Page:Introductory Address on the General Medical Council, its Powers and its Work.djvu/27

From Wikisource
Jump to: navigation, search
This page has been proofread, but needs to be validated.
19
ITS POWERS AND ITS WORK

tions ought, we think, to be laid down; but we wish to record our opinion that nothing should be done to weaken the individuality of the Universities and Corporations, or to check emulation between the teaching institutions of the country." In other words, competition between a multiplicity of teaching bodies, as such, tends to the advancement of education. The institution which, caeteris paribus, affords the most efficient teaching will have the best reputation, and be the most resorted to. The interest involved in the competition is the interest of improvement.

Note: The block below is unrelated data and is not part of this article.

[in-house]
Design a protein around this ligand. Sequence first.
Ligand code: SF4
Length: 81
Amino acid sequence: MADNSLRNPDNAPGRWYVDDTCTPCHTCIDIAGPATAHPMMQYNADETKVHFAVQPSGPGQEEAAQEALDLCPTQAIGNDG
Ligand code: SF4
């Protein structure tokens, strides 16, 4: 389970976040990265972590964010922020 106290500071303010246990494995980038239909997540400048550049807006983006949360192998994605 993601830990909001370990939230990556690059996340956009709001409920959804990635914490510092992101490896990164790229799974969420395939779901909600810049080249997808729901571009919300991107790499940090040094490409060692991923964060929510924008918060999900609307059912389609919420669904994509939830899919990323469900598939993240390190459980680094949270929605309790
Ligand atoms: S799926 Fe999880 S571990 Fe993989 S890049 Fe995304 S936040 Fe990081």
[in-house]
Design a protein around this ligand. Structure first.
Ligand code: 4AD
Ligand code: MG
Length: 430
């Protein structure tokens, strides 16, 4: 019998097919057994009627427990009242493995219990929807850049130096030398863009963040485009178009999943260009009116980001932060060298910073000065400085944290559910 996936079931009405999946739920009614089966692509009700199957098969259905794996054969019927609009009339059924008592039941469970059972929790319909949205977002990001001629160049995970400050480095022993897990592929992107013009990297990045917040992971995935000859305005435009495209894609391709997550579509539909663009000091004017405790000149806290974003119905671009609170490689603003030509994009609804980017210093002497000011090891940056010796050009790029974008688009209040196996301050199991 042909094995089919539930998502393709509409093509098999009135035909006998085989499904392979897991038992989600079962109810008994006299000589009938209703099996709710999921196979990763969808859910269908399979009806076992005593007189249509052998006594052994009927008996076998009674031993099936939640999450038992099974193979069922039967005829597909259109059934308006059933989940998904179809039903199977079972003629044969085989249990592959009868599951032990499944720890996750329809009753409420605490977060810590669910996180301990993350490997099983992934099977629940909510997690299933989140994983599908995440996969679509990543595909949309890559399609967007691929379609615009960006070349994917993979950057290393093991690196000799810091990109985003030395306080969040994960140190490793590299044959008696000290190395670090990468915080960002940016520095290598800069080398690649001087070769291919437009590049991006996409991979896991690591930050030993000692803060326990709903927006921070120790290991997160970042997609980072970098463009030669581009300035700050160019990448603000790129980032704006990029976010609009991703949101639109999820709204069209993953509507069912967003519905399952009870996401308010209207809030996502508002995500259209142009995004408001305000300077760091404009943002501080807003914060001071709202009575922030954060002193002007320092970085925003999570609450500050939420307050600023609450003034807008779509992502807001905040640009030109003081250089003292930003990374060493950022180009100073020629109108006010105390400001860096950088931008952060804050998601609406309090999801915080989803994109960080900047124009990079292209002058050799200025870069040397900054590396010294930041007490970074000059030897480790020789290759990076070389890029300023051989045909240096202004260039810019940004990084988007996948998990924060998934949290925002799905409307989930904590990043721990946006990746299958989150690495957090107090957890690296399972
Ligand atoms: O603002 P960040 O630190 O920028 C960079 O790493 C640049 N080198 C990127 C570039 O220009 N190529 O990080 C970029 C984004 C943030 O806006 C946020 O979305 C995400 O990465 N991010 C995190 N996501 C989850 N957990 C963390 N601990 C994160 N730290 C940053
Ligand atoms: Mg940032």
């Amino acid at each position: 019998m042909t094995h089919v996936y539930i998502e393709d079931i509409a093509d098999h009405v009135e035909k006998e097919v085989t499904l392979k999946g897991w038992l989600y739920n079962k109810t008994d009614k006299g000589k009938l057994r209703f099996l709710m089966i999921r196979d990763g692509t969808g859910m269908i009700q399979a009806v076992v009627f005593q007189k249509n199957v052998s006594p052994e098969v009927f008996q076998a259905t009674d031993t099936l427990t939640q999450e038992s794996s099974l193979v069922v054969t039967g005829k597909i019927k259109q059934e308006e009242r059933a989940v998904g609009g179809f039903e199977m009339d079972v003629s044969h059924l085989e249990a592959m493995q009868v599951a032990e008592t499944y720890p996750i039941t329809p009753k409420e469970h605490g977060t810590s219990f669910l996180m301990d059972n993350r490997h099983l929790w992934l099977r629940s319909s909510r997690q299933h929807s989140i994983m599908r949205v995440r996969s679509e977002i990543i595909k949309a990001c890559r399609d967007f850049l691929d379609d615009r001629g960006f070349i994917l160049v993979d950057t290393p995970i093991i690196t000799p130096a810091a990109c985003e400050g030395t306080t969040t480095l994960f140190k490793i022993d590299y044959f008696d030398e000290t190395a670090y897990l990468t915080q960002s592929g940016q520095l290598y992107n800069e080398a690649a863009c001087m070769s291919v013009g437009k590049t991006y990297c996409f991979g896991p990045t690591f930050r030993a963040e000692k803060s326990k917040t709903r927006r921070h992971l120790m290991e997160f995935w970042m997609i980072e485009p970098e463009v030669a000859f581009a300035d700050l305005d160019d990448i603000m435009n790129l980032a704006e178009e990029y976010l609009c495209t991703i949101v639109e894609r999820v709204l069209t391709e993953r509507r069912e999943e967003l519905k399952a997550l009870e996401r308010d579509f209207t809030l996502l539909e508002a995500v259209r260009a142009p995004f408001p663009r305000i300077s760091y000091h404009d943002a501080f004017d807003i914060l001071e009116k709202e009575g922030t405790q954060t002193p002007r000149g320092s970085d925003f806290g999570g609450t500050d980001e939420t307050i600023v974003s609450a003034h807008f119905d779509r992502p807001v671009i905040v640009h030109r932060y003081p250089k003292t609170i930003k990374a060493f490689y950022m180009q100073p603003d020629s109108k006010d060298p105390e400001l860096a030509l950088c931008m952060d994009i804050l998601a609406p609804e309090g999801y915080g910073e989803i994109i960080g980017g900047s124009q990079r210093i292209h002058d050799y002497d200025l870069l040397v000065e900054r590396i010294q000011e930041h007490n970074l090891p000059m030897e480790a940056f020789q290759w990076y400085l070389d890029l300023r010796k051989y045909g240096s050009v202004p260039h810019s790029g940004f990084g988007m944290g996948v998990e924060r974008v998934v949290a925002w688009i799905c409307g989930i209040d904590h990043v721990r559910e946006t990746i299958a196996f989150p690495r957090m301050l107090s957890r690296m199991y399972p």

As regards examination, to put it mildly, this interest is not so clear. I put it to the unregenerate instincts of the students before me. If, as they will probably be ready to declare, all examinations are essentially evil, would it not be wise to choose the least? Will not the most popular Examination Board be that which offers the easiest test? If the same hall-mark is impressed on 9-carat gold as on 22, why waste precious metal in working up to the higher standard? Reasoning of this somewhat crude kind commends itself to the natural man, and many of the criticisms that we hear are based on nothing more profound. It takes little account of other facts of professional economics, which are nevertheless of decisive importance. Thus, the supposed hall-mark is not the same in the two cases. Examining Boards, no less than medical schools, in the end depend for popularity on their reputation for efficiency. If a Board is notoriously easy-going, not students only, but their teachers, and their parents, and the profession, and the public, know it. The practitioner finds that he can only get a 9-carat diploma from that Board, and he pretty soon learns that he starts on his career with the stamp of a 9-carat man. Conscious as we are of each other's imperfections, we are all sure that our own merits deserve more than the minimum of recognition, whether in this imperfect world they receive it or not. And so the easygoing Board becomes the object of resentment instead of loyalty among those it has licensed, and loses not only its public prestige, but the corporate backing and support of